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September 7th, 2006

Fictionlet

Greg pulled a small package out of his grocery bag and examined it dubiously. "The new XPLUSION has 64 blades and launches anti-tank rockets to give you a closer, more comfortable shave than any man has ever had in the history of the universe!"

"'Xplusion'?" said Brigid. "What happened to 'X-17, the Widowmaker'?"

"Had too much soap residue," Greg said. "It interfered with the targeting reticule."

"Aw, man," said Brigid. "I hate it when that happens."

-The Gneech

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Happy Birthday, sargeabernathy!

EDIT: Supplemental happy birthdays to bigtig and stilghar!

For your present, here's today's Forgotten English!

enjeopard
To put in jeopardy, jeopardize, endanger.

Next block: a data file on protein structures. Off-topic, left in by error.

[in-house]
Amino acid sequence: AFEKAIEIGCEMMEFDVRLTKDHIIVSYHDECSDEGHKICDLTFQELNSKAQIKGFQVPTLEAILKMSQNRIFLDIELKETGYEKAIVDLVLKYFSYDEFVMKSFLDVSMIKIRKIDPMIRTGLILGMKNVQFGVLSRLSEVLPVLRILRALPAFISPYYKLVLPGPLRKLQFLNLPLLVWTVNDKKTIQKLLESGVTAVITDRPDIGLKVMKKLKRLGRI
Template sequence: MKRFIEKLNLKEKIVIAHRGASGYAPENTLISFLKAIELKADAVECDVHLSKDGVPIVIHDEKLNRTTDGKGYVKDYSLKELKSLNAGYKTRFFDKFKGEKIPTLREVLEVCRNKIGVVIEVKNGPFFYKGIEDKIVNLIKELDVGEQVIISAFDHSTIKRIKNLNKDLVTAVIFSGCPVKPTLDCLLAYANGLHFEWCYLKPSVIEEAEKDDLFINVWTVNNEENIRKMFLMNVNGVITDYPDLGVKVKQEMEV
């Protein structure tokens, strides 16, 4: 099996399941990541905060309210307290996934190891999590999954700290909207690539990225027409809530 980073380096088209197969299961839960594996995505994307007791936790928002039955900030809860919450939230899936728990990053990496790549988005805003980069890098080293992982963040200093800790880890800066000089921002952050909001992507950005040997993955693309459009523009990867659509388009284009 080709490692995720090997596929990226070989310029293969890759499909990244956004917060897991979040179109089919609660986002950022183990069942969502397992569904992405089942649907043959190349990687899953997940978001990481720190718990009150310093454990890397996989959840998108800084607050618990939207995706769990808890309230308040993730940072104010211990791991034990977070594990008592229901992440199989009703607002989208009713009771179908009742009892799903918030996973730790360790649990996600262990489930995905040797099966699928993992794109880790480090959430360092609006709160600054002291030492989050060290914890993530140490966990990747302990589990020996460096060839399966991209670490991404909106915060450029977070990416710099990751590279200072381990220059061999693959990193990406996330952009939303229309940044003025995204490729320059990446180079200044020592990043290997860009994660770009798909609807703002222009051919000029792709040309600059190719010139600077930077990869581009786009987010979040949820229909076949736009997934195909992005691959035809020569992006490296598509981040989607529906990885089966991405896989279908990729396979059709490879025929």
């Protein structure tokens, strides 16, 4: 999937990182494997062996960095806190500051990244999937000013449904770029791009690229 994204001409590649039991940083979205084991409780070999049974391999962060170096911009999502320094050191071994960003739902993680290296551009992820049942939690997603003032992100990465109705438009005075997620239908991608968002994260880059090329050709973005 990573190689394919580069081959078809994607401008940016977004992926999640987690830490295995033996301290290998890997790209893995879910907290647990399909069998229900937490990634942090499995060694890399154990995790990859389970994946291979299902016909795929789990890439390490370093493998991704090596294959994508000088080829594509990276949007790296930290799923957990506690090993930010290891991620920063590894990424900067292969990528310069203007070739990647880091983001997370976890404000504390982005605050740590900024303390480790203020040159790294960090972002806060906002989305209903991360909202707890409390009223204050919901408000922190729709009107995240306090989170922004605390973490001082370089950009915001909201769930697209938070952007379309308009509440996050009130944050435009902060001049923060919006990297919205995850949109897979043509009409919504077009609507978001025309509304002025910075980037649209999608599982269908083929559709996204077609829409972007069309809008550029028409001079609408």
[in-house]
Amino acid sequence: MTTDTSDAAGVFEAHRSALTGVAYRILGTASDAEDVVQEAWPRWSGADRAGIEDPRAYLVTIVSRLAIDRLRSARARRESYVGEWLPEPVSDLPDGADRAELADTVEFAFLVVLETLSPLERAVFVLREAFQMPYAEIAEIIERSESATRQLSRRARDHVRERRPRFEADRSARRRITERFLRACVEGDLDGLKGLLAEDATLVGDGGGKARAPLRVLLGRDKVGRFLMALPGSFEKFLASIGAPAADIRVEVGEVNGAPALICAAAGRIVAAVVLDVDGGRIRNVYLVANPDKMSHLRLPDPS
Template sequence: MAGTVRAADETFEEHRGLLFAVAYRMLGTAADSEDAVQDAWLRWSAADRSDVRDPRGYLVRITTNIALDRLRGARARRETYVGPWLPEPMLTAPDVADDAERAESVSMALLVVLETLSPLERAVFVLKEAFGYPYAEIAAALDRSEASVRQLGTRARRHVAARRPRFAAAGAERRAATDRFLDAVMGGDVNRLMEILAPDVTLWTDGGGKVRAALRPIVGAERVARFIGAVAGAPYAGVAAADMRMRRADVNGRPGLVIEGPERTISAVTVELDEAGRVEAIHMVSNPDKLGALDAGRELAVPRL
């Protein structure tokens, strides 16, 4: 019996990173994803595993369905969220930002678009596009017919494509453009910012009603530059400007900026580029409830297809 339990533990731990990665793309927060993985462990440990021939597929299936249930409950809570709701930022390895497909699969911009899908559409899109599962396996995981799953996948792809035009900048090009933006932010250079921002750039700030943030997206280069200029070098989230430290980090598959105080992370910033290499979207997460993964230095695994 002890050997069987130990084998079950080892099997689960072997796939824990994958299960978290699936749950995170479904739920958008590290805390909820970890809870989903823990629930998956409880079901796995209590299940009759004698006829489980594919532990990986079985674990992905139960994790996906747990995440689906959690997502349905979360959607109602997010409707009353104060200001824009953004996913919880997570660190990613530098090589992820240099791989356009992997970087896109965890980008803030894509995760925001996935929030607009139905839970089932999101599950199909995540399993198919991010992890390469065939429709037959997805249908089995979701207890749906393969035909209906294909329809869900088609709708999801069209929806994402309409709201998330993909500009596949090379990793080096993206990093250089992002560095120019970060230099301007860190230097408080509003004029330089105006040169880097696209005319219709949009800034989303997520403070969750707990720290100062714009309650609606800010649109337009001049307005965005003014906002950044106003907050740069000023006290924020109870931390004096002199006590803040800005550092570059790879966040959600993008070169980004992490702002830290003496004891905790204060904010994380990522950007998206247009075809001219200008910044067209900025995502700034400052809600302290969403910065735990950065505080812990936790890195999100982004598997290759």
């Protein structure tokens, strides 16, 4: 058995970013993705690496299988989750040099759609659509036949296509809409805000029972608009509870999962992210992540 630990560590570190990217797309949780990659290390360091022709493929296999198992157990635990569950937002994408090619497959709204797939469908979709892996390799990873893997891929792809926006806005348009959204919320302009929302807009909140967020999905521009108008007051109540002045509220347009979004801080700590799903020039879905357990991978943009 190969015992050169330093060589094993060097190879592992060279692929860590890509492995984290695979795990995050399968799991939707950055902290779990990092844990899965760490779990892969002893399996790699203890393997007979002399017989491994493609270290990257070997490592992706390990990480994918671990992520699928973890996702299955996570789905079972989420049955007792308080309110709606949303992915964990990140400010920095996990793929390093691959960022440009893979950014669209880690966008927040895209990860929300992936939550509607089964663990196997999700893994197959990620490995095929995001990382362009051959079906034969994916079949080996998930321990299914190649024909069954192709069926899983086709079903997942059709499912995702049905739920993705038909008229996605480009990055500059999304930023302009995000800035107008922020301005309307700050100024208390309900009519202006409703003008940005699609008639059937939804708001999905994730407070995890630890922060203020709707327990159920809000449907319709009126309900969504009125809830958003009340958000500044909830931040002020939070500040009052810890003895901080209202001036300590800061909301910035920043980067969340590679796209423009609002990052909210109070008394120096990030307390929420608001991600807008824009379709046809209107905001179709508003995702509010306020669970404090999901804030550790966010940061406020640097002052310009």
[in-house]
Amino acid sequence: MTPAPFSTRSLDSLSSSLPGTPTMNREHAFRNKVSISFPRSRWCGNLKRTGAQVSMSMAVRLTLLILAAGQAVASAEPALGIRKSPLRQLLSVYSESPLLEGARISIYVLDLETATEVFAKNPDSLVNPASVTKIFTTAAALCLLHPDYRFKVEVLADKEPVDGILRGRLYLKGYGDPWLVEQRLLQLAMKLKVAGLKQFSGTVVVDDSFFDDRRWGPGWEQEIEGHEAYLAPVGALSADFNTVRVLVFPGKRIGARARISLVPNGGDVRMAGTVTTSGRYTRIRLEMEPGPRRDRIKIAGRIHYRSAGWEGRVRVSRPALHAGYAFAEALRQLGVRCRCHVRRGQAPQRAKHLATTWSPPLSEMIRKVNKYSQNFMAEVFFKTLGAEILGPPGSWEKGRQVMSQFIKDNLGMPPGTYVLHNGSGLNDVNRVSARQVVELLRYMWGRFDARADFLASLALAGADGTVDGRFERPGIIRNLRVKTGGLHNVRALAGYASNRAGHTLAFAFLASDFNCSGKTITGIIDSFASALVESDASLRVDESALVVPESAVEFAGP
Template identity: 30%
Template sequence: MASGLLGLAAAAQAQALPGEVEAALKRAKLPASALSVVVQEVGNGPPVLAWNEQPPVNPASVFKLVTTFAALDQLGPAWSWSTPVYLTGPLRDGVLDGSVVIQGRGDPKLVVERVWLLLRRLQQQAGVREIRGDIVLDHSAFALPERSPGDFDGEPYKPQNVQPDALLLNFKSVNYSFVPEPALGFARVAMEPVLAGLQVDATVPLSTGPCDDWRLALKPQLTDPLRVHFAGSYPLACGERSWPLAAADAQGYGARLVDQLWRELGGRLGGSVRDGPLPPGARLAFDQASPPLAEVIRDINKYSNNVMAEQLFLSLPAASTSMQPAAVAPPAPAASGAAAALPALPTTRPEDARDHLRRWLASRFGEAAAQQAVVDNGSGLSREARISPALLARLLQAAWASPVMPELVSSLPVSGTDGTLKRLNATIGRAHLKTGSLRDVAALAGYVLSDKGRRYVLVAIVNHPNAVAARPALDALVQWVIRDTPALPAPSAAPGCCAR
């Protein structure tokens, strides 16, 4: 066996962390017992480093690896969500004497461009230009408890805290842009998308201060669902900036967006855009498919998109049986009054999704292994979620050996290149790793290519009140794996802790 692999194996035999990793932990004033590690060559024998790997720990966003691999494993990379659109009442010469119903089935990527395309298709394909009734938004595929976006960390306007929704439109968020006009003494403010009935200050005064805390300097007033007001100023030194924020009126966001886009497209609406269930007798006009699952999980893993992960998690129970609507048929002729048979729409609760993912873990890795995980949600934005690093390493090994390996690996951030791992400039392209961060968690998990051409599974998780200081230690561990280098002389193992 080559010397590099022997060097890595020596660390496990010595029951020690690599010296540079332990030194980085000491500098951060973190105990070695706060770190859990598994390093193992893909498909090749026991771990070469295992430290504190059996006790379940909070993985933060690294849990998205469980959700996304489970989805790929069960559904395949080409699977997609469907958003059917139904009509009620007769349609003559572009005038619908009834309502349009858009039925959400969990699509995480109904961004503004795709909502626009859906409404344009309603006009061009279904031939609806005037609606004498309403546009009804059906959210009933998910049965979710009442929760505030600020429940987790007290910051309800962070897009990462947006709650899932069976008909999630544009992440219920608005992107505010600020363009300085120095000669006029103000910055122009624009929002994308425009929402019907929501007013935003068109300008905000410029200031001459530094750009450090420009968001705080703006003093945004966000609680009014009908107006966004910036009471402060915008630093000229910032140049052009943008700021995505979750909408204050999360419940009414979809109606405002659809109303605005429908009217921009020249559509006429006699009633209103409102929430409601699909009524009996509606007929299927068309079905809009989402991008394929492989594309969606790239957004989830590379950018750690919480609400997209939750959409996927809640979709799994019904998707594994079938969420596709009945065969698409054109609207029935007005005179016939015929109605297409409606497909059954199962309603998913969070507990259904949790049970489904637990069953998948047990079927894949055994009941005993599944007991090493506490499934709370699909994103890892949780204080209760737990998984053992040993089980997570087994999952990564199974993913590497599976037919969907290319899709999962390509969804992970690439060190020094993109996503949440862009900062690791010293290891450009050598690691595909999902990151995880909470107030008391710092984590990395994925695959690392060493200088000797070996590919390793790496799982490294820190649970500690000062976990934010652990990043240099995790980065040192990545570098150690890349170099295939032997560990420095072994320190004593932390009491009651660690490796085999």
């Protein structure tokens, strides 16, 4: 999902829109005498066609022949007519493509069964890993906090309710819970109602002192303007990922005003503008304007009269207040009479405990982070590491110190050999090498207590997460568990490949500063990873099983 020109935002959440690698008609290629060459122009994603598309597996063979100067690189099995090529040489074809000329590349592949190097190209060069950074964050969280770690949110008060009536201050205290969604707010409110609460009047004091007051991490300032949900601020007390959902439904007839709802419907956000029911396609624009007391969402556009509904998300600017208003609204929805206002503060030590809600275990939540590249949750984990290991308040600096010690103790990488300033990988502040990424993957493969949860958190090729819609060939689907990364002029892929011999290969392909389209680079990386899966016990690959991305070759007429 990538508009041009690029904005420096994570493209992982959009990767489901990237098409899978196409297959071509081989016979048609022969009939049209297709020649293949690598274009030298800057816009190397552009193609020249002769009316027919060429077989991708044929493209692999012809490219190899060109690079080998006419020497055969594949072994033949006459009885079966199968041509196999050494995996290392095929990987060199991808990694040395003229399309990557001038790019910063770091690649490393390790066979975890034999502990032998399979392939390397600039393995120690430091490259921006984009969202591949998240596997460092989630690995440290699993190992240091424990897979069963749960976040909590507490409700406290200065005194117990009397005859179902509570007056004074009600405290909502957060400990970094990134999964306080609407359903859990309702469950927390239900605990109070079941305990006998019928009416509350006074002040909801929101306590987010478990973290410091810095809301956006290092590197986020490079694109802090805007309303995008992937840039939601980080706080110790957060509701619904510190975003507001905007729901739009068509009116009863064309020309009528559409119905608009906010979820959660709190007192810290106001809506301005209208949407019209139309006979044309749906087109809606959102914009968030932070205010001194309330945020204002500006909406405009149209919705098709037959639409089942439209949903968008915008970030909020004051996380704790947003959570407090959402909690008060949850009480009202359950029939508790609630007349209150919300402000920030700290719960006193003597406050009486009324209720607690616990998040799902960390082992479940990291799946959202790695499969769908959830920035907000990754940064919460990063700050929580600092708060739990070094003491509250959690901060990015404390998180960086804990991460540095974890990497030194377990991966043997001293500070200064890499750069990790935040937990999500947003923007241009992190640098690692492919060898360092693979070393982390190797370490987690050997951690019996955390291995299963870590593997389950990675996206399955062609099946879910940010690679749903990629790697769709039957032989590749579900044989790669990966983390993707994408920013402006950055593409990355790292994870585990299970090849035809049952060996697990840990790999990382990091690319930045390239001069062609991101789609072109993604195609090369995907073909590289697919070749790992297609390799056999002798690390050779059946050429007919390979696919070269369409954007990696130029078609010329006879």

--Sir James Murray's New English Dictionary, 1901


Thrill Day
On this date in 1934, the Minnesota State Fair proudly entertained its patrons with a display of conspicuously dangerous exhibitions of questionable judgement as part of its annual Thrill Day. The day before, the Minneapolis Journal had recommended that readers go see "Marion Swanson pilot her racing auto through a plank wall" and "the most spectacular of all crack-ups," a head-on train collision. The Journal touted the wreck -- which did indeed live up to its billing -- saying of the trains: "They telescope, enveloped in flames with clouds of steam and smoke pouring from the battered hulks. They roll over, a mass of mangled scrap iron -- what a thrill!" Thrill Day debuted in 1922 with stunts by eighteen-year-old Lillian Boyer, who claimed to be the only female aviator to have boarded a moving automobile from a flying airplane. Into the 1940s the fair featured other such spectacles, including airplanes crashing into buildings.

And this was a good fifty years before "The Man Show"!

-The Gneech

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